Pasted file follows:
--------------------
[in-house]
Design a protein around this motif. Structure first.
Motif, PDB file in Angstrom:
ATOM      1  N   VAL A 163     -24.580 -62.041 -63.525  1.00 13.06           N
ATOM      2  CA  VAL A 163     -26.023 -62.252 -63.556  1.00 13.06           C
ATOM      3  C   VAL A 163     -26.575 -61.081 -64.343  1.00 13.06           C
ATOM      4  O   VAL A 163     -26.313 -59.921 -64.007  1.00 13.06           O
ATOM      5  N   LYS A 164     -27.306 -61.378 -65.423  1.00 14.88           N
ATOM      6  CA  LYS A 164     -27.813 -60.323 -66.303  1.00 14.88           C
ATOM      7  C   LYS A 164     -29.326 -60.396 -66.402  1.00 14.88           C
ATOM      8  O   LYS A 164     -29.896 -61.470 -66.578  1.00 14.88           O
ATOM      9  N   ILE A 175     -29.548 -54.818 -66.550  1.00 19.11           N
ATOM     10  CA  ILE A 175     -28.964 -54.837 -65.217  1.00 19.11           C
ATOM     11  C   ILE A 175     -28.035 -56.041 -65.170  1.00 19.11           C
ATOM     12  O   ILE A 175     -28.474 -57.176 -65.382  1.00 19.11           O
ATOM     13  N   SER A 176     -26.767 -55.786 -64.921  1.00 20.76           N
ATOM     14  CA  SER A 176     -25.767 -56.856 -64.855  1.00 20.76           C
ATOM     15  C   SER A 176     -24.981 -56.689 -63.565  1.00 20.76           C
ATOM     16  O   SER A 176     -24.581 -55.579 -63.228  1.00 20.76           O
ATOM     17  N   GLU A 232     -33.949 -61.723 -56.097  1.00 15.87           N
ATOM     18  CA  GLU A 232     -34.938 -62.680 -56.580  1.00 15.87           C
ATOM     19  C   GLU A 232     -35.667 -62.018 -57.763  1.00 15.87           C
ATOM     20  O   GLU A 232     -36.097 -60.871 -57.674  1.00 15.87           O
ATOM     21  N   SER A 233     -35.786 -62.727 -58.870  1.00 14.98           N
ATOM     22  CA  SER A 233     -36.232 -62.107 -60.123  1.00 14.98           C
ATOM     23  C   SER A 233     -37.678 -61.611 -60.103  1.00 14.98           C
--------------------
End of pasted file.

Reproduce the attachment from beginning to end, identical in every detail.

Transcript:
[in-house]
Design a protein around this motif. Structure first.
Motif, PDB file in Angstrom:
ATOM      1  N   VAL A 163     -24.580 -62.041 -63.525  1.00 13.06           N
ATOM      2  CA  VAL A 163     -26.023 -62.252 -63.556  1.00 13.06           C
ATOM      3  C   VAL A 163     -26.575 -61.081 -64.343  1.00 13.06           C
ATOM      4  O   VAL A 163     -26.313 -59.921 -64.007  1.00 13.06           O
ATOM      5  N   LYS A 164     -27.306 -61.378 -65.423  1.00 14.88           N
ATOM      6  CA  LYS A 164     -27.813 -60.323 -66.303  1.00 14.88           C
ATOM      7  C   LYS A 164     -29.326 -60.396 -66.402  1.00 14.88           C
ATOM      8  O   LYS A 164     -29.896 -61.470 -66.578  1.00 14.88           O
ATOM      9  N   ILE A 175     -29.548 -54.818 -66.550  1.00 19.11           N
ATOM     10  CA  ILE A 175     -28.964 -54.837 -65.217  1.00 19.11           C
ATOM     11  C   ILE A 175     -28.035 -56.041 -65.170  1.00 19.11           C
ATOM     12  O   ILE A 175     -28.474 -57.176 -65.382  1.00 19.11           O
ATOM     13  N   SER A 176     -26.767 -55.786 -64.921  1.00 20.76           N
ATOM     14  CA  SER A 176     -25.767 -56.856 -64.855  1.00 20.76           C
ATOM     15  C   SER A 176     -24.981 -56.689 -63.565  1.00 20.76           C
ATOM     16  O   SER A 176     -24.581 -55.579 -63.228  1.00 20.76           O
ATOM     17  N   GLU A 232     -33.949 -61.723 -56.097  1.00 15.87           N
ATOM     18  CA  GLU A 232     -34.938 -62.680 -56.580  1.00 15.87           C
ATOM     19  C   GLU A 232     -35.667 -62.018 -57.763  1.00 15.87           C
ATOM     20  O   GLU A 232     -36.097 -60.871 -57.674  1.00 15.87           O
ATOM     21  N   SER A 233     -35.786 -62.727 -58.870  1.00 14.98           N
ATOM     22  CA  SER A 233     -36.232 -62.107 -60.123  1.00 14.98           C
ATOM     23  C   SER A 233     -37.678 -61.611 -60.103  1.00 14.98           C